Marketing like UX is a balance of Art and Science. The role of marketer is like an architect, musician, conductor or cinematographer. This is the message I brought back from this year’s Web Trends conference I attended in London.The complexity and flux which has become synonymous with the Marketing landscape naturally dove-tails in to an Agile approach. That approach produces ‘Adaptive Marketing’.
The phrase ‘Adaptive Marketing’ was coined last year in a Forrester report and describes how Agile practices can be utilised to facilitate the marketing process. There’s a great definition of how Scrum works for marketing purposes, hidden in an article on the Teehan and Lax site:
- The agency and client define the objectives of the engagement and establish several key performance indicators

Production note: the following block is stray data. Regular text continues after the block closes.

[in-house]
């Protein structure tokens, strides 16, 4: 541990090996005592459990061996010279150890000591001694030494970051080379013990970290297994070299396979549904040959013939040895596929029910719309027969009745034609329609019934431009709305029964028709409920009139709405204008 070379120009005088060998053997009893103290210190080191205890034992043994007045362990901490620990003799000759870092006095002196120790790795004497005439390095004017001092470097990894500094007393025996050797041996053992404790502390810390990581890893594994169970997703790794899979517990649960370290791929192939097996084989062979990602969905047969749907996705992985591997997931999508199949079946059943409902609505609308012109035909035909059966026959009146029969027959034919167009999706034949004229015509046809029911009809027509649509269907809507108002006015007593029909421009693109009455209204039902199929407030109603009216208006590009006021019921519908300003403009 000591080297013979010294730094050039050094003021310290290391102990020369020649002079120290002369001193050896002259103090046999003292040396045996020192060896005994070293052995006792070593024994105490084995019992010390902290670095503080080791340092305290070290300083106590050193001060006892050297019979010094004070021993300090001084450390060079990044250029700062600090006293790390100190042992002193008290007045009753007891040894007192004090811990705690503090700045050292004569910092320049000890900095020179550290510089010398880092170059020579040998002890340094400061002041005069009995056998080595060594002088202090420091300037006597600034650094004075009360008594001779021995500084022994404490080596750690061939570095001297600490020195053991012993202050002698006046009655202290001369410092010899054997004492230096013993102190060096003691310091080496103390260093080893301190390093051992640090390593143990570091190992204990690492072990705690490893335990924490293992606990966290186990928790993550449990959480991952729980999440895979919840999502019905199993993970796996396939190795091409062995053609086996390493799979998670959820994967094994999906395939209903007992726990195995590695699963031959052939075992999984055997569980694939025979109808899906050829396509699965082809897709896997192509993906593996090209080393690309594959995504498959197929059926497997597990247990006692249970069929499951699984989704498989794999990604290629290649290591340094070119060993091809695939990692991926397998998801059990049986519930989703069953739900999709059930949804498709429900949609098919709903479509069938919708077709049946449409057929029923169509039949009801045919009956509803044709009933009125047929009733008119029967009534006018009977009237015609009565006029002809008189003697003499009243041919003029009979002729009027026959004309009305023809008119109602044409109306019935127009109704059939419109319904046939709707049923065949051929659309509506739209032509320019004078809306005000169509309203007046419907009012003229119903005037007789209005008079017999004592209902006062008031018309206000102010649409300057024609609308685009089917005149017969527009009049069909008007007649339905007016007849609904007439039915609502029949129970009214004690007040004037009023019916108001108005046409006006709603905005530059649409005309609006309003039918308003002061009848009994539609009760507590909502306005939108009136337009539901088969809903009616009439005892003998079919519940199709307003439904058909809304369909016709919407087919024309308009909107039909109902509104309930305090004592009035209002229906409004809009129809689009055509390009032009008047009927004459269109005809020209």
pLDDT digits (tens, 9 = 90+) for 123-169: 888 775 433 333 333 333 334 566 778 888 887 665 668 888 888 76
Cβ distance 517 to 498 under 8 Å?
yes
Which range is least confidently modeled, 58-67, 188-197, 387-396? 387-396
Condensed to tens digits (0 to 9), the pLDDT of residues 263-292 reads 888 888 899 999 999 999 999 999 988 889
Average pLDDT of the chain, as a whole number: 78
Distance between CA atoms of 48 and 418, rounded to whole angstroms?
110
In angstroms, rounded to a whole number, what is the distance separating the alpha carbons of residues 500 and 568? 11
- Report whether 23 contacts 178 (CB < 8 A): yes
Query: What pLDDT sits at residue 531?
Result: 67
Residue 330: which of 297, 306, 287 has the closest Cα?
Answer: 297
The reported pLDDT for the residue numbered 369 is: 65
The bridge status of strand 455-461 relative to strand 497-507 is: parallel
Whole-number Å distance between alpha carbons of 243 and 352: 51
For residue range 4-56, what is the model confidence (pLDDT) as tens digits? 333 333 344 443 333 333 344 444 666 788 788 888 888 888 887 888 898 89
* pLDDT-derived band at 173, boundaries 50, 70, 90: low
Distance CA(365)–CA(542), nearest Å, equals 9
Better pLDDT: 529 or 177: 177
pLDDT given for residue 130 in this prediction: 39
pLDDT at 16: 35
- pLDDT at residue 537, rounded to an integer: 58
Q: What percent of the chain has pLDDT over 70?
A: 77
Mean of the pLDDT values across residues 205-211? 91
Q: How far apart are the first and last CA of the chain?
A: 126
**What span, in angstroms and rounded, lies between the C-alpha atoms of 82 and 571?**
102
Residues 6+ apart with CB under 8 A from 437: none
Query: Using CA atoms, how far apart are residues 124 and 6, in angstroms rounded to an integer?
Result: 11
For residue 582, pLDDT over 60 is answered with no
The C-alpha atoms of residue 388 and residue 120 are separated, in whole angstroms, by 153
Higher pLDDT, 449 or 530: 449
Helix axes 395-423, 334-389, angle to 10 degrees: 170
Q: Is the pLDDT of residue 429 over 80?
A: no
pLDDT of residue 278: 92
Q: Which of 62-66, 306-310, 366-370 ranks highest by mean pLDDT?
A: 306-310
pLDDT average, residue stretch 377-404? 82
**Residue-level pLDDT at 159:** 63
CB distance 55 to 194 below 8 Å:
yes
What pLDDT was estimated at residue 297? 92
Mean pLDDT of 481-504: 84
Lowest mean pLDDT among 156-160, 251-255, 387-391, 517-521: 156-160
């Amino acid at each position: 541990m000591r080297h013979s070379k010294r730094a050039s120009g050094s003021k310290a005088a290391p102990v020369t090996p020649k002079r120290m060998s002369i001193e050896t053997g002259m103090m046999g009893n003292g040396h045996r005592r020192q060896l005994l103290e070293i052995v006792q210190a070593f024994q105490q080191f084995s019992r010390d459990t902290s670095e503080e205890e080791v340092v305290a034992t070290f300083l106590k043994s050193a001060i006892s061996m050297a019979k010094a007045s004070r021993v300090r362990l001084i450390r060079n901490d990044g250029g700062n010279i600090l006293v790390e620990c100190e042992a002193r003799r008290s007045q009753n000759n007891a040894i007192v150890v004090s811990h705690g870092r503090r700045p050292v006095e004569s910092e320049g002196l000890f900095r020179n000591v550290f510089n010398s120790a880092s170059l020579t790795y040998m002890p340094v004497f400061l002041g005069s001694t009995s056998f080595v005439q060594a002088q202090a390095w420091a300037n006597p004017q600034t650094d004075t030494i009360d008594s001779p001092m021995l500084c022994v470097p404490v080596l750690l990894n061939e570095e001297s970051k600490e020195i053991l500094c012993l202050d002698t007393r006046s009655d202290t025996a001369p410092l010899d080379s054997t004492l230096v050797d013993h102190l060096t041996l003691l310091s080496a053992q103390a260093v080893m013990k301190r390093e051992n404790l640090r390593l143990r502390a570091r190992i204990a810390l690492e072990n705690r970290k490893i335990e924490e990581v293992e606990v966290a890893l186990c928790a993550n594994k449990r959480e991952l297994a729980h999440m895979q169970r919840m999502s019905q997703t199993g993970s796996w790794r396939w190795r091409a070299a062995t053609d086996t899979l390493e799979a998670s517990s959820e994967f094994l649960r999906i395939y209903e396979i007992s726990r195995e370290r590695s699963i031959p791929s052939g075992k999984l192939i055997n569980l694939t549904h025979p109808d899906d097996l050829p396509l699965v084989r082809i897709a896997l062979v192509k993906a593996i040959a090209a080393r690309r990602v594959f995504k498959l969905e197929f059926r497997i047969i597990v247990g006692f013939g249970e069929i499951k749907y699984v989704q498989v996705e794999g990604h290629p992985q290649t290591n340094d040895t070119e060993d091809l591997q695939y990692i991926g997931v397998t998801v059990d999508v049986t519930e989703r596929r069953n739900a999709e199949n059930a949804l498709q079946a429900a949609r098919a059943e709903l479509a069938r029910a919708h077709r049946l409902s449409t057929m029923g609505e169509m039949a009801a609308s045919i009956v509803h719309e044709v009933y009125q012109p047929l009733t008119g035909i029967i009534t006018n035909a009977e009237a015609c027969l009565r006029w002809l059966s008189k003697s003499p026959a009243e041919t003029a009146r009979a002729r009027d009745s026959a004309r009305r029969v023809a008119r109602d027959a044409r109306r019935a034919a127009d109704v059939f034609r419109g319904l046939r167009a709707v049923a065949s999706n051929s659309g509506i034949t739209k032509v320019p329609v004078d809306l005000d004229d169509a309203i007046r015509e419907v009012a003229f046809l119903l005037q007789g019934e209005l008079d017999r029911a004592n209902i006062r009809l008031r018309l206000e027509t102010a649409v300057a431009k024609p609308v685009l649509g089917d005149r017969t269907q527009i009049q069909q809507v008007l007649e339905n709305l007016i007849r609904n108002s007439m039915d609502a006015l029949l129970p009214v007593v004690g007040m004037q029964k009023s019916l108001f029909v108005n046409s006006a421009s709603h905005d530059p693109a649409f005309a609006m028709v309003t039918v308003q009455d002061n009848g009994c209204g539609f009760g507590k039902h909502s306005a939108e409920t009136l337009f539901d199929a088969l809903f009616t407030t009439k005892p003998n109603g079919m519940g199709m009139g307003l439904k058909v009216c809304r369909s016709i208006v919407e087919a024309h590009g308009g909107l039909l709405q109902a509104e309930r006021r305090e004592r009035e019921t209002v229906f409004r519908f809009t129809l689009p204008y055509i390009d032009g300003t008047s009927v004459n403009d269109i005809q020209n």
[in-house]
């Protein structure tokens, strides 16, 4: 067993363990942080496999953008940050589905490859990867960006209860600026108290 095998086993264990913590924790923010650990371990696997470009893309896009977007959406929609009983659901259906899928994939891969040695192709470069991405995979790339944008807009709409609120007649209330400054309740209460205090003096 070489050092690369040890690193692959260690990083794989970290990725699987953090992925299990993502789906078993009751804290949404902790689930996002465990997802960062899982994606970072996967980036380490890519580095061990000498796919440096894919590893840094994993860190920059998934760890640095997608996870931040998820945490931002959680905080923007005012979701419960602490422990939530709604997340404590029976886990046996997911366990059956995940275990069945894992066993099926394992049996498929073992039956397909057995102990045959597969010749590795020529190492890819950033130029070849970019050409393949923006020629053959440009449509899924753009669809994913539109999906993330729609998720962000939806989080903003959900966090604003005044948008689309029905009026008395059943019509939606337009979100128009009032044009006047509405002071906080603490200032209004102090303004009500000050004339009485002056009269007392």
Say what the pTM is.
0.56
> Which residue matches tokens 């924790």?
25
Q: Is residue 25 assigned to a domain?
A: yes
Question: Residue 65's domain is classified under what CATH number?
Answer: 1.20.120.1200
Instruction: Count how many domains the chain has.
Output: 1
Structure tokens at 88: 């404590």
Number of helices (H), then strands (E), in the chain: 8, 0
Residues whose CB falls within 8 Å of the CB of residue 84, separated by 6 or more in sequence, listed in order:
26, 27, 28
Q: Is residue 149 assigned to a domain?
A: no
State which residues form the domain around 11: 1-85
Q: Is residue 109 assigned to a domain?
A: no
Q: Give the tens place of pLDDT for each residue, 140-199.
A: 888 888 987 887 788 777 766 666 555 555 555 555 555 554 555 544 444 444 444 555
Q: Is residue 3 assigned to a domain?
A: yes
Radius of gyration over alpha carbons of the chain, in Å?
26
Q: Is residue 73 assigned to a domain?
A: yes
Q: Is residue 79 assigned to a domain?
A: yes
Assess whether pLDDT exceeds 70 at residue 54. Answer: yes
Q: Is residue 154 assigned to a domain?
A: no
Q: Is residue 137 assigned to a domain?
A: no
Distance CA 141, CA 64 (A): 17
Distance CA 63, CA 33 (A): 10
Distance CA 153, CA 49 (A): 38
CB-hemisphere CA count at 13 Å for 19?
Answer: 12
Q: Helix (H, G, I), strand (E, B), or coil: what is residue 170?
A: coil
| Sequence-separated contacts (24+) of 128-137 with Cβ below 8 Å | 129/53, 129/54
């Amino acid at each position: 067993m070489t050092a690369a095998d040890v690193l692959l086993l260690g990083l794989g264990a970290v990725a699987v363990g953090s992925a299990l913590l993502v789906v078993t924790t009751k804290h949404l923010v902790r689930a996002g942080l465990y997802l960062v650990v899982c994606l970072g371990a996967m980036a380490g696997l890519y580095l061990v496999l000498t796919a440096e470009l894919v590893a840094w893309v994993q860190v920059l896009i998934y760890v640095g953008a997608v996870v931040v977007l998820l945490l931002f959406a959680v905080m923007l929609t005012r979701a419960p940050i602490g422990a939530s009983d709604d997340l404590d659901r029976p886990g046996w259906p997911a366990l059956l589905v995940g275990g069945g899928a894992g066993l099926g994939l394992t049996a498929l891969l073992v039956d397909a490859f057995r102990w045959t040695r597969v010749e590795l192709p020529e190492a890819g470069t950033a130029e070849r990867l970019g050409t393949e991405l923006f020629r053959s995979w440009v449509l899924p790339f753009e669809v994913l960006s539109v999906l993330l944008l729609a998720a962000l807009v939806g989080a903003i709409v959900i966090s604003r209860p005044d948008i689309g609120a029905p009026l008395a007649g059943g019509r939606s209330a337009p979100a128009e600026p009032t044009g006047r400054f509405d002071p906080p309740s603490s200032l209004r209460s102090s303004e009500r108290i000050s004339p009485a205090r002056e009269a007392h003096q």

- The creative team is dedicated to the project for a set period of time allowing them to focus on the task
- Ideas are rapidly developed, tested and deployed
- Ideas evolve and adapt over time
- Performance is closely monitored allowing the team to make adjustments
- Project success is determined by achieving the KPIs
Adaptive Marketing is further defined by:
- Removing the formal annual budgeting process
- Removing medium to long-term media buying
- Adopting short, measured, iterative plans
- Allocating money for high-level visions not specific media
- Adapting based on real-time consumer feedback and other data
An Agile approach to marketing reacts to the heart and soul of what the brand stands for. The catalyst for this is defined by the pull of brand influencers in the Social Media space and is not pushed by the business.
Agile offers the opportunity to create technology driven, data-fuelled campaigns that respond in real time to the shifting Social Media and Marketing landscape.
Do you think there is a place for Agile practices in Marketing?
Further links on Adaptive Marketing:
So what exactly might ‘Adaptive Brand Marketing’ be?
The practice of Adaptive Marketing
The Forrester report
Razorfish embrace Agile: